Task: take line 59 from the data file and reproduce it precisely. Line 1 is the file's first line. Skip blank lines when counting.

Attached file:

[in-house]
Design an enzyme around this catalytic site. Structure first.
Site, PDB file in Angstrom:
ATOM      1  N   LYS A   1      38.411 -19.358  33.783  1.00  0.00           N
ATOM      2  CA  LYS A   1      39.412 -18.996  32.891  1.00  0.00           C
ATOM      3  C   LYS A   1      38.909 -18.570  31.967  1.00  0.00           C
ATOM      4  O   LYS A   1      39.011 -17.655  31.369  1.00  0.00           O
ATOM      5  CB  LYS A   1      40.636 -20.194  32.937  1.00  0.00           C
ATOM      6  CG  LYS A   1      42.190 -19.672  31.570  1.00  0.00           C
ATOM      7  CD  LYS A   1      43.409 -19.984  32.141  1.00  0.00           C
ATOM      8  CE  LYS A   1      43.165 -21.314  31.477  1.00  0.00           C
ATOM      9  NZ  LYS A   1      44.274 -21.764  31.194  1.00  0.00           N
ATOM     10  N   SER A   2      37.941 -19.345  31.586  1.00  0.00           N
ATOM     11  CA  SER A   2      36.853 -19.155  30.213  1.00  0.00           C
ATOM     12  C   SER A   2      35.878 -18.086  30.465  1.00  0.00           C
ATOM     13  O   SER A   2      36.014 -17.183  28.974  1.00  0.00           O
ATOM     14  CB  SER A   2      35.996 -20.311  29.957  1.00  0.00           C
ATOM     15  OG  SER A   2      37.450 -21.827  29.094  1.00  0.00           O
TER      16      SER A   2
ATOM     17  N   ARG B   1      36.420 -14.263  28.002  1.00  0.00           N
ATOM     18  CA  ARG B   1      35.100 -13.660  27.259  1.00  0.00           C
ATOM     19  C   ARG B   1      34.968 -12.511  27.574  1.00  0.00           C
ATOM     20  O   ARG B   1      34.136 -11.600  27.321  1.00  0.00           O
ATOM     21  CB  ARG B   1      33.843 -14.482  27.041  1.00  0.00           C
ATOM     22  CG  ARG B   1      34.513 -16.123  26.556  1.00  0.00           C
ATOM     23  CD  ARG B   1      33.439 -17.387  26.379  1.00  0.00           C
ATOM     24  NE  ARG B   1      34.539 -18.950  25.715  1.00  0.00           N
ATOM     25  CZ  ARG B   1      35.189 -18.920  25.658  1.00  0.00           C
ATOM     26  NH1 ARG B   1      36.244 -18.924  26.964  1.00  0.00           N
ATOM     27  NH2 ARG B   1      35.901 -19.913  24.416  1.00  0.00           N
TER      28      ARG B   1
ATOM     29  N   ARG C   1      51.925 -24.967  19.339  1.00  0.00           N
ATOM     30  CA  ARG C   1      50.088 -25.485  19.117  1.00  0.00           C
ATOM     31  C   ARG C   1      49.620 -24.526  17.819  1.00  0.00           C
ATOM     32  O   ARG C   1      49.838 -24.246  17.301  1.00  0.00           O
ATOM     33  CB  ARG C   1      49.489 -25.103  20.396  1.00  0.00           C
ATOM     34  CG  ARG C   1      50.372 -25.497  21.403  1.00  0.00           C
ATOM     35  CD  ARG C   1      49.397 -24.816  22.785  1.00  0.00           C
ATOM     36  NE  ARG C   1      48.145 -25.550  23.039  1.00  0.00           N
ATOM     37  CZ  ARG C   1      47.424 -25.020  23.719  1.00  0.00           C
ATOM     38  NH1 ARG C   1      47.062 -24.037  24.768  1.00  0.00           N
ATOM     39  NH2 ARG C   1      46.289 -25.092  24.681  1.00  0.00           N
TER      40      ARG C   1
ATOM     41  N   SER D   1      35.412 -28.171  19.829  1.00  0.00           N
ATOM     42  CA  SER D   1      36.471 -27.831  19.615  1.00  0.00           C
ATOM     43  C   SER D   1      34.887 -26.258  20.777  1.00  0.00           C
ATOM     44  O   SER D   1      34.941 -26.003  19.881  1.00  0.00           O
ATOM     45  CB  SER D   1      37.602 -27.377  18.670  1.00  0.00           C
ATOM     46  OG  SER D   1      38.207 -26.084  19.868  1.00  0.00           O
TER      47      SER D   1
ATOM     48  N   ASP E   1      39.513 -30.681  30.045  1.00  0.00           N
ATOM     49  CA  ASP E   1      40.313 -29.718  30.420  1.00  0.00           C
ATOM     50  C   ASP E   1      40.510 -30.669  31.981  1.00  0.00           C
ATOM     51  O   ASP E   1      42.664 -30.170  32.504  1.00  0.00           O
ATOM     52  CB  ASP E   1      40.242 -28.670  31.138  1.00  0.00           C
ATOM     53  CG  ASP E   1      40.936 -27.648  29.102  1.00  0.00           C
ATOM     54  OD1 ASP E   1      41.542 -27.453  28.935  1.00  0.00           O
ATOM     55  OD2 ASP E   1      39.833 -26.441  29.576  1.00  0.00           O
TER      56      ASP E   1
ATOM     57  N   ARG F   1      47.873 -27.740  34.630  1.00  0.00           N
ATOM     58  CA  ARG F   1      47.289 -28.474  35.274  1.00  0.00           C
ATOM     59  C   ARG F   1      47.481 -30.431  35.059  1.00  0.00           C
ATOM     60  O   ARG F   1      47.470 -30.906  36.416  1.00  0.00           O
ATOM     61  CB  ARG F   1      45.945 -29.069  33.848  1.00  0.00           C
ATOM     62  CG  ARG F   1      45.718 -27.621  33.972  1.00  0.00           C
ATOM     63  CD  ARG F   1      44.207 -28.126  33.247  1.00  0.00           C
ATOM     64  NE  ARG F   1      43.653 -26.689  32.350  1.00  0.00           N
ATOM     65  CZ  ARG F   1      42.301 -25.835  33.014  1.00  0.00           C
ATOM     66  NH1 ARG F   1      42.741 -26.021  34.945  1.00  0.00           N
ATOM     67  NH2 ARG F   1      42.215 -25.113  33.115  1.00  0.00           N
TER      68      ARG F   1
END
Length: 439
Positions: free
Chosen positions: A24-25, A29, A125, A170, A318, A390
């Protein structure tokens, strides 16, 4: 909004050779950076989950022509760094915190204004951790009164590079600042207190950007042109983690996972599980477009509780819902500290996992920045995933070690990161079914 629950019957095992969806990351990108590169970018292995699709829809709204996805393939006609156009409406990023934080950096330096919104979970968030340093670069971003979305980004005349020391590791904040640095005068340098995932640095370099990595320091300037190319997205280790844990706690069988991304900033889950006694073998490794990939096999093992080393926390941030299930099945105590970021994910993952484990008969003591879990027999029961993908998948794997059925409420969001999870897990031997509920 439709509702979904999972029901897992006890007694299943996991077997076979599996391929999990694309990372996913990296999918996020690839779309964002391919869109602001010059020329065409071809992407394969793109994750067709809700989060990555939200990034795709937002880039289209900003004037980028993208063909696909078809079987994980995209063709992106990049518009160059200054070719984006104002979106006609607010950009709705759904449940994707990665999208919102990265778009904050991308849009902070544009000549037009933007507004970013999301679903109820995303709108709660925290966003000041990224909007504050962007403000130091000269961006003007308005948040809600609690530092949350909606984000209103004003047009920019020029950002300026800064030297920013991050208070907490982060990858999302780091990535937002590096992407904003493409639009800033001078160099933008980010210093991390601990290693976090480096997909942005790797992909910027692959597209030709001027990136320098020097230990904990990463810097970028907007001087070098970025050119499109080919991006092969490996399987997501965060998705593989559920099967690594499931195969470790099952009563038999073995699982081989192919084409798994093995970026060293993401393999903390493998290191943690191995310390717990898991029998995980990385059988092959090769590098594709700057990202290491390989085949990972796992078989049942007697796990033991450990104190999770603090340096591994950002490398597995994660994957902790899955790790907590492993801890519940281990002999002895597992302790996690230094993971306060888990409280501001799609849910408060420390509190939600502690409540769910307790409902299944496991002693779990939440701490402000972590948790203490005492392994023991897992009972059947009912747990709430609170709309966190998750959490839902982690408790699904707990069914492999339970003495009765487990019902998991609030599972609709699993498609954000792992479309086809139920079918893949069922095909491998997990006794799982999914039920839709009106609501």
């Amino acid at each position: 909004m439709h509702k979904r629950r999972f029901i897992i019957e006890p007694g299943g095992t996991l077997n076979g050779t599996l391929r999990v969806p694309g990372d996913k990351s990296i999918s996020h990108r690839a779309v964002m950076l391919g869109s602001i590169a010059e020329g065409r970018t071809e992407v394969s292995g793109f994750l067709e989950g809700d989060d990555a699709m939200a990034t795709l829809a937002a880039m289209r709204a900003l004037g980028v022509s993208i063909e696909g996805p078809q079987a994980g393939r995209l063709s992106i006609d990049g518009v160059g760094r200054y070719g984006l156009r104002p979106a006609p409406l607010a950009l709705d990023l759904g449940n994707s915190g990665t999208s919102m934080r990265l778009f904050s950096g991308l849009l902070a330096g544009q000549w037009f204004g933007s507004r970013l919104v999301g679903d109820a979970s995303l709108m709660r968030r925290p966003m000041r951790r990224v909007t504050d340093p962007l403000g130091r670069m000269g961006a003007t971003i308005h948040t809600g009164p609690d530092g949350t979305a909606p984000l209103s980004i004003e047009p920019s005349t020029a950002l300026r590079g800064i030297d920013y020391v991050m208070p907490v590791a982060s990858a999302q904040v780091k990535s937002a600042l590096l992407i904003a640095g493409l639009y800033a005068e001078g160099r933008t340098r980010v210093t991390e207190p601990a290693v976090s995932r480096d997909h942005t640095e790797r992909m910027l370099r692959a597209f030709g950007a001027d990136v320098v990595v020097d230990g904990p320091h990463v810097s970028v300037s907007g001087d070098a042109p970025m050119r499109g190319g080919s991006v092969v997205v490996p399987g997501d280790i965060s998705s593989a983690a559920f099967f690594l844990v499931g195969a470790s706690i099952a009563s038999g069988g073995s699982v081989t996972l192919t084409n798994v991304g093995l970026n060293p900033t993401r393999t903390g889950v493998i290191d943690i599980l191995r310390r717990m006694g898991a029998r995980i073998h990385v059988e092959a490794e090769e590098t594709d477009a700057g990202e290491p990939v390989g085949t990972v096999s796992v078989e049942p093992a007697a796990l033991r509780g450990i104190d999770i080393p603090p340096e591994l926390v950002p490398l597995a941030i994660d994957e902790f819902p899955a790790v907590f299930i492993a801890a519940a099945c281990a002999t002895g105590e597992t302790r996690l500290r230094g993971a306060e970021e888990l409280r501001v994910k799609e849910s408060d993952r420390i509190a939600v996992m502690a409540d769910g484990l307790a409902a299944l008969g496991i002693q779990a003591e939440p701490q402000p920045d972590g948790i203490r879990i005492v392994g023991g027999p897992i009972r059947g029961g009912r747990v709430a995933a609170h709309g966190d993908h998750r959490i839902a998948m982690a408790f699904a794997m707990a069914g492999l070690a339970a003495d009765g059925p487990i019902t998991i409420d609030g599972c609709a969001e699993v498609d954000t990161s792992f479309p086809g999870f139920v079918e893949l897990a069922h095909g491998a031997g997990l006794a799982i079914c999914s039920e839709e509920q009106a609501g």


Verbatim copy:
TER      56      ASP E   1